Regular vs. Recycled Toilet Paper

by Steve Graham, Networx

If every American family replaced one regular toilet paper roll with recycled paper, we would save 420,000 trees, according to the Natural Resources Defense Council. But many people won’t pay extra for recycled brands, particularly if they don’t think it works as well.

We’re here to confirm that it does work, and there’s not much difference between recycled brands. However, you will have to sacrifice some softness and quality if you are used to the premium stuff.

Experiential Test Results

The NRDC lists 17 brands of 100-percent recycled toilet paper. The group only compares the environmental qualities of the brands, but we wanted to put recycled toilet paper to real-world tests. My wife and I have been using three brands of recycled toilet paper, alongside two types of regular toilet paper with virgin fiber.

In blind tests, neither of us could tell any difference between three widely available recycled brands — Whole Foods 365, Seventh Generation and Natural Value. However, all the brands were softer and performed better than a cheaper generic brand, Valu Time. On the other hand, none of the other brands could stand up to the premium-priced toilet paper, “squeezably soft” Charmin.

Image credit: macaron*macaron (Est Bleu2007)

Scientific Test Results

But a couple of somewhat more scientific tests showed that there really is some difference between recycled brands,  with the cheap generic stuff still rating pretty good.

To test absorbency, I dropped 0.5 ml water onto a square of paper, and measured how far the wet spot spread. Predictably, the Charmin absorbed the most water, so the spot only spread 65 mm. Valu Time was the second most absorbent. The spot spread 98 mm on the Seventh Generation recycled toilet paper, the least absorbent brand.

To test strength, I pulled a square of paper until it ripped, and measured how far it stretched before tearing. Again, Charmin earned top marks. It stretched 12 mm before breaking. However, Natural Value recycled paper was nearly as strong. On the other hand, Seventh Generation and Whole Foods papers stretched just 5 mm before tearing.

The Data

To wrap it up in greater detail, here are the stats for our five tested toilet paper brands:

Natural Value

Roll: 250 2-ply sheets

Size: 4.2” by 4” (116.6 square feet total)

Recycled paper content: 100 percent

Post-consumer content: 80 percent minimum

Whitening process: Chlorine-free

Absorbency test: 94 mm wet spot

Strength test: 11 mm stretch

Cost for four-roll pack: $1.99 (at Sunflower Market)

Price per square foot: 1.71 cents

Whole Foods 365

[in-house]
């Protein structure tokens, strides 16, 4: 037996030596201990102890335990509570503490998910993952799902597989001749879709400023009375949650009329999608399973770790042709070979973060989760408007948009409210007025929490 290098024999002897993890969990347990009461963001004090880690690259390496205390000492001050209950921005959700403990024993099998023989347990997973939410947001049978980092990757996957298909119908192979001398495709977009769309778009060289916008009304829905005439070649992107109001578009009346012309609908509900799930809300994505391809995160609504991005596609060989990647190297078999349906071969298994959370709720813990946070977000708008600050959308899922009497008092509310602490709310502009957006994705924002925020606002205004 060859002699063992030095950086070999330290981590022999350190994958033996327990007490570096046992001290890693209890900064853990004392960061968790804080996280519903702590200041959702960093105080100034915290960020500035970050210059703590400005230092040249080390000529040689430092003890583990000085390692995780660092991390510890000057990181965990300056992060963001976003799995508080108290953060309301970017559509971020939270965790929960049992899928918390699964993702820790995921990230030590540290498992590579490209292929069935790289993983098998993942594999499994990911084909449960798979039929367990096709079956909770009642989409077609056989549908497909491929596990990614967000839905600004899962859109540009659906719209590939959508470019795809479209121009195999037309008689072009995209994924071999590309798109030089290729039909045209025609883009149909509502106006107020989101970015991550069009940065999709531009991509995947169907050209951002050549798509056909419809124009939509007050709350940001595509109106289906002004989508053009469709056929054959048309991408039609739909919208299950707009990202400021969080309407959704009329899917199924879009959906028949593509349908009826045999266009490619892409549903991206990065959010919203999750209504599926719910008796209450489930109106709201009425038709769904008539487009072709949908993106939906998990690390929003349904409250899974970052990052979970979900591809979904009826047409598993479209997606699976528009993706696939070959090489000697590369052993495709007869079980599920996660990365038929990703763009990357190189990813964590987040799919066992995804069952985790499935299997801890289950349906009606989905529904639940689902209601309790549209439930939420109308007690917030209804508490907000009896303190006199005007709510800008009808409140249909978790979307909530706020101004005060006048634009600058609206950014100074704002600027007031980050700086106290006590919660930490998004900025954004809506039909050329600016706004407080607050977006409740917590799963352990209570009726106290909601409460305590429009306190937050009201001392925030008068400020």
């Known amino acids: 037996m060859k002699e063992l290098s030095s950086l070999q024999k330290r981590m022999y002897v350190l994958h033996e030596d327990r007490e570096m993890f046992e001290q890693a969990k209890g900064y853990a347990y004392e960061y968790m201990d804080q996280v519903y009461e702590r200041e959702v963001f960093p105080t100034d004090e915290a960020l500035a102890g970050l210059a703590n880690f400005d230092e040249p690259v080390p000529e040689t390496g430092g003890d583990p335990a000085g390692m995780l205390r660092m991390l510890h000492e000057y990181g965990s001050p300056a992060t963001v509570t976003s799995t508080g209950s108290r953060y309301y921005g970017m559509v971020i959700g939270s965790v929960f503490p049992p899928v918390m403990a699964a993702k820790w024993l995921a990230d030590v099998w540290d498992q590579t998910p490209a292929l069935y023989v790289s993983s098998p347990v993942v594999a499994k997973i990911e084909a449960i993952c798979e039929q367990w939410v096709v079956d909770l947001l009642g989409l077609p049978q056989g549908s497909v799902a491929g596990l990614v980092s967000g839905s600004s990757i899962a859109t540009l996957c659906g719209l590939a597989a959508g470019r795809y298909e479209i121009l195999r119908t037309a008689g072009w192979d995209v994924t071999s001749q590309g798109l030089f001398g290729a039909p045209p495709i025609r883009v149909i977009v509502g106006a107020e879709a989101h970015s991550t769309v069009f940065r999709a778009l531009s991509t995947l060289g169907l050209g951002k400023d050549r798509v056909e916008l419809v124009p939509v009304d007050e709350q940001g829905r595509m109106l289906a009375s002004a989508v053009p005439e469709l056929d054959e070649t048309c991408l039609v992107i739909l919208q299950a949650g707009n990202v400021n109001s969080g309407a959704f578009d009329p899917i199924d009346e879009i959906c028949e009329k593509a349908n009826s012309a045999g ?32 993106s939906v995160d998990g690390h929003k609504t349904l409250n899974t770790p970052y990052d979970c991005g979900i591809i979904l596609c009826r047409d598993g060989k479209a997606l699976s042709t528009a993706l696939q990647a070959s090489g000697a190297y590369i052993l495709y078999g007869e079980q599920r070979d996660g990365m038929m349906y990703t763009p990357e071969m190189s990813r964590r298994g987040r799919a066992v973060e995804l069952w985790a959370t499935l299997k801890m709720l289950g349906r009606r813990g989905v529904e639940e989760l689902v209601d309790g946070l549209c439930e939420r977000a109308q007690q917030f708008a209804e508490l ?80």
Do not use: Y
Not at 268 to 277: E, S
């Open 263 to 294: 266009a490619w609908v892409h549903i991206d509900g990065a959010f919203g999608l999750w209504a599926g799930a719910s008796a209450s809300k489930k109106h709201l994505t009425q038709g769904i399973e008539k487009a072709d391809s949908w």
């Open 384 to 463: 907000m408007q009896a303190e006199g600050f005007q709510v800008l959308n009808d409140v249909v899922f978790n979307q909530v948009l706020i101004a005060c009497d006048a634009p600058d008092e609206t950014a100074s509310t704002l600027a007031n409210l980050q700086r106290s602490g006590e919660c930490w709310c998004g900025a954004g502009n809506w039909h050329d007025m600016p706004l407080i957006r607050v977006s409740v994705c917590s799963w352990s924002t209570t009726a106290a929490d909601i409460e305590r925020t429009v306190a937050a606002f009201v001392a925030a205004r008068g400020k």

Roll: 168 2-ply sheets

Size: 4.3” by 3.66” (73.4 square feet total)

Recycled paper content: 100 percent

Post-consumer content: 80 percent

Whitening process: Chlorine-free

Absorbency test: 85 mm wet spot

Strength test: 5 mm stretch

Cost for four-roll pack: $1.49 (at Whole Foods)

Price per square foot: 2.03 cents

Seventh Generation

Roll: 352 2-ply sheets

Size: 4.25” by 4” (166.2 square feet total)

Recycled paper content: 100 percent

Post-consumer content: 80 percent

Whitening process: Chlorine-free

Absorbency test: 98 mm wet spot

Strength test: 5 mm stretch

Cost for four-roll pack: $3.99 (at Whole Foods)

Price per square foot: 2.40 cents

Charmin Ultra Strong

Roll: 176 2-ply sheets

Size: 4.27” by 4” (83.5 square feet total)

Recycled paper content: 0

Post-consumer content: n/a

Whitening process: unknown

Absorbency test: 65 mm wet spot

Strength test: 12 mm stretch

Cost for four-roll pack: $3.69 (at Beavers Market)

Price per square foot: 4.42 cents

Value Time

Roll: 176 2-ply sheets

Size: 4.25” by 4” (83.11 square feet total)

Recycled paper content: 0

Post-consumer content: n/a

Whitening process: unknown

Absorbency test: 80 mm wet spot

Strength test: 8 mm stretch

Cost for four-roll pack: $1.29 (at Beavers Market)

Price per square foot: 1.55 cents

234 comments

David Stanley
David Stanleyabout a month ago

Check out the process for making recycled Toilet Paper...NOT environmentally friendly! For a sustainable, clean and green approach get a Hand Bidet Sprayer. With these you don't really need Toilet Paper anymore and washing with water is far more hygienic, healthier and saves money too.

Jo S.
Jo SICK S.8 months ago

Thank you.

Jo Recovering
Jo SICK S.10 months ago

Thank you.

ERIKA SOMLAI
ERIKA SOMLAI2 years ago

thank you for sharing

Ganaisha Calvin
Ganaisha Calvin2 years ago

great info! thanks for sharing!

Duane B.
.3 years ago

Thank you for sharing.

Steven H.
Steven H3 years ago

One brand of green toilet paper that I have been using is Bum Boosa. Instead of being made from trees, it is made from bamboo, which is a lot more sustainable. The toilet paper is made from 100% bamboo processed with the mechanical pulping method. It is tree-free, biodegradable, BPA-free, elemental chlorine-free and it breaks down quickly. Even the packaging is made from recycled paper. I find that it is really soft and the paper is thick, so it doesn’t tear easily. The best part is that they plant a tree for every 4 rolls sold.
Check them out at http://bumboosabambooproducts.com/shop/index.php?cPath=4

Patricia H.
Patricia H.4 years ago

Thanks for sharing

Fred Krohn
Fred Krohn4 years ago

I tend to prefer low cost over fanciness, hence I use single ply store brand or recycled a lot and avoid the overpriced multi ply stuff. I grade more by efficiency of cleaning than perceived 'softness'. Only thing I outright despise is the idea of going back to corn cobs...

Laurie D.
Laurie D.4 years ago

Okay. I'm the dissenting vote here! I've tried every recycled toilet paper we have available here in Alaska and have been UNIMPRESSED!! I have reluctantly gone back to Charmin. SORRY!!